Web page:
EXACTLY!! Well put. At the end of the day, it’s what the camera can actually do that matters. Not some gear-head nerd’s lab tests. Out in the real world, photographers make their living shooting real things under real lighting conditions. Like you, I believe that’s what matters and I commend this contributor for shooting this & uploading these.

          Now we know that the D800 is a very competent camera at high ISO in its own right. I also remember those tests from last month of the flowers on the restaurant table. Eventually we’ll be seeing more higher ISO shots as more reviewers and photographers get their hands on the 800, and while it’s not going to compete with the D3s or D4 @ super high ISOs, it’s not meant to. But if you want MFDB type IQ in a more accessible camera, this is the way to go. I was pleasantly surprised by these sample pics at 1600+.

      • Fisheyland

        shoot them with lenses at different focal lengths so that the 100% crops match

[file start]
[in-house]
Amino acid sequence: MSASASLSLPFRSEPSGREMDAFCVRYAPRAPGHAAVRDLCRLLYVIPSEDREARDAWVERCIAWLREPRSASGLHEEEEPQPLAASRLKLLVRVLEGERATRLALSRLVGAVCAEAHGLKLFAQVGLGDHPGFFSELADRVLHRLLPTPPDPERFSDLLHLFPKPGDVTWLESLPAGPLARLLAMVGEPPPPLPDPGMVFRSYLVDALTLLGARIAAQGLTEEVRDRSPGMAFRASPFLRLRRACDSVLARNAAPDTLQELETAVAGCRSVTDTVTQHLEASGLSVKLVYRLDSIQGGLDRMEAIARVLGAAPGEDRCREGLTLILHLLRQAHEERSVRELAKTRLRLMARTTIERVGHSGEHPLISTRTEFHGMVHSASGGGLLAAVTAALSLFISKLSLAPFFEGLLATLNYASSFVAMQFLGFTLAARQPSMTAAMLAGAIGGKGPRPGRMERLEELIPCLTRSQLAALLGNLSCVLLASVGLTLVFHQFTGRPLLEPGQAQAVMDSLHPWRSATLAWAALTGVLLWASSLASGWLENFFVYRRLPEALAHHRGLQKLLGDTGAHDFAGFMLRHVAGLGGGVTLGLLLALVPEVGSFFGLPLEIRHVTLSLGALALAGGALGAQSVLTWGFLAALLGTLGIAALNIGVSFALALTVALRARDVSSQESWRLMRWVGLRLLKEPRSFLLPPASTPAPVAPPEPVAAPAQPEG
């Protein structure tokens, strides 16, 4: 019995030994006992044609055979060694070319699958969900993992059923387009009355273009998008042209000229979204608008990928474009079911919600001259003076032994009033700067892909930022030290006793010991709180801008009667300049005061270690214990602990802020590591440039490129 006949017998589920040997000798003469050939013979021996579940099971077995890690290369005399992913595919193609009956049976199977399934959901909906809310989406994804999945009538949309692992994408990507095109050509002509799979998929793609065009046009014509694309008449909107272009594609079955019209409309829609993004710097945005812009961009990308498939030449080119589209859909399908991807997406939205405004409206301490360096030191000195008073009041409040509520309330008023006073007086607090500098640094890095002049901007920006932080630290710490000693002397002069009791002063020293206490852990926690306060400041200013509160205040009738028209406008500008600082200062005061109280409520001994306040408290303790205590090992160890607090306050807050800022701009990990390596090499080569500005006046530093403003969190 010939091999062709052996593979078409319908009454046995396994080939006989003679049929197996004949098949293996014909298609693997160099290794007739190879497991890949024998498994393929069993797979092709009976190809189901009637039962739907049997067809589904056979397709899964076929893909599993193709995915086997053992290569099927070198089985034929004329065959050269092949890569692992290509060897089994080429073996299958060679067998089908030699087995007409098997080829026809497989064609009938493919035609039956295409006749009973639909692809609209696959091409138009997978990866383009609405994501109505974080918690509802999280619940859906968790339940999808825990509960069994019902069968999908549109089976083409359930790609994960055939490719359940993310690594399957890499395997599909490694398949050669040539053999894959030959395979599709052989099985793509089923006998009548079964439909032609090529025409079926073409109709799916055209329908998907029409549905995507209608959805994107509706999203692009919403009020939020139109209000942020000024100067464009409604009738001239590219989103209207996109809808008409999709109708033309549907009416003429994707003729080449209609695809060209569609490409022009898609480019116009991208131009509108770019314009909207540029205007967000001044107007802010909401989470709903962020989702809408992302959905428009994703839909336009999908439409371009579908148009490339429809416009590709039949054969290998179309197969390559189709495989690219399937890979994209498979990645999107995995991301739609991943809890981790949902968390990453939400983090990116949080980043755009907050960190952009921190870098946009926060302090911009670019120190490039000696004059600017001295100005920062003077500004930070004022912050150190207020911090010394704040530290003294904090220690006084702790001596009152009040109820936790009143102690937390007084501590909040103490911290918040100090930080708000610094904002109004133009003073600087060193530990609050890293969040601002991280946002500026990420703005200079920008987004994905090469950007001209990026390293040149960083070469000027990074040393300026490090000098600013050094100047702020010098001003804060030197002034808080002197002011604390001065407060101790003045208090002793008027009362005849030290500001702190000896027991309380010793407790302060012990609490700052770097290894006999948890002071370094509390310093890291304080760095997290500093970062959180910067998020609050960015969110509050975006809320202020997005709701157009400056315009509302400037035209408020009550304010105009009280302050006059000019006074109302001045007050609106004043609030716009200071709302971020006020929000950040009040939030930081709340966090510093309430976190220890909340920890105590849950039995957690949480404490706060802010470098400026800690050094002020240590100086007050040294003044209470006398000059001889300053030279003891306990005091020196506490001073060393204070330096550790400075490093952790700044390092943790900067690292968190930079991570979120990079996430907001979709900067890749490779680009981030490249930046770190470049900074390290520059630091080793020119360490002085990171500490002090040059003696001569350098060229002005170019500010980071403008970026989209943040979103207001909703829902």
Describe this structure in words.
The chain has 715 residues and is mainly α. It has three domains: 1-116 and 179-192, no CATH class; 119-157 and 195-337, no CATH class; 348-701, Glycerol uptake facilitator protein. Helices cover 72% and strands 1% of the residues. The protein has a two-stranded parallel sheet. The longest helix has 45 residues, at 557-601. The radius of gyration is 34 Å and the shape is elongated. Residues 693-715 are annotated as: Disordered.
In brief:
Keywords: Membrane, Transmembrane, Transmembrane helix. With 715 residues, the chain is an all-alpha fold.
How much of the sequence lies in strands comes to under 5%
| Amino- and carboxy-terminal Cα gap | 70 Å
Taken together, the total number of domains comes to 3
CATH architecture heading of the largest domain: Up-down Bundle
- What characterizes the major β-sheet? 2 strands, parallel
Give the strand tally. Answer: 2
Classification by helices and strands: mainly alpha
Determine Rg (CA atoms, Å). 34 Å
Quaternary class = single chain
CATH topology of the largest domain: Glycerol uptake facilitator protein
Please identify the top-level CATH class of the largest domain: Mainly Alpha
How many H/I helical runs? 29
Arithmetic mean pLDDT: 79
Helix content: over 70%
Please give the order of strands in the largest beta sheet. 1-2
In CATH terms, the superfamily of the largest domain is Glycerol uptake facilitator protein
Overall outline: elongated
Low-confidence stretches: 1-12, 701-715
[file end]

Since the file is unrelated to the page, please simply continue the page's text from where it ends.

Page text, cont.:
• Lance

          What point would there be in doing that? It certainly would not be at all practical to do that in the real world while taking photos. So what would testing in that manner accomplish??

          • Che

            Fisheyland makes a valid point Lance. Some people are interested in all this downsample this or downsample that. If one needs to downsample to achieve cleaner images at high iso then maybe you don’t need at 36mp camera. I can downsample easily in post but what if someone doesnt want to mess with that…or perhaps the have 800 images of an event, etc etc. I want to see a photo taken with the D700 compared to the D800 straight OUT of the camera. Same composition and frame. So I see Fisheyland’s reasoning.

            • Wesley

              For Printing.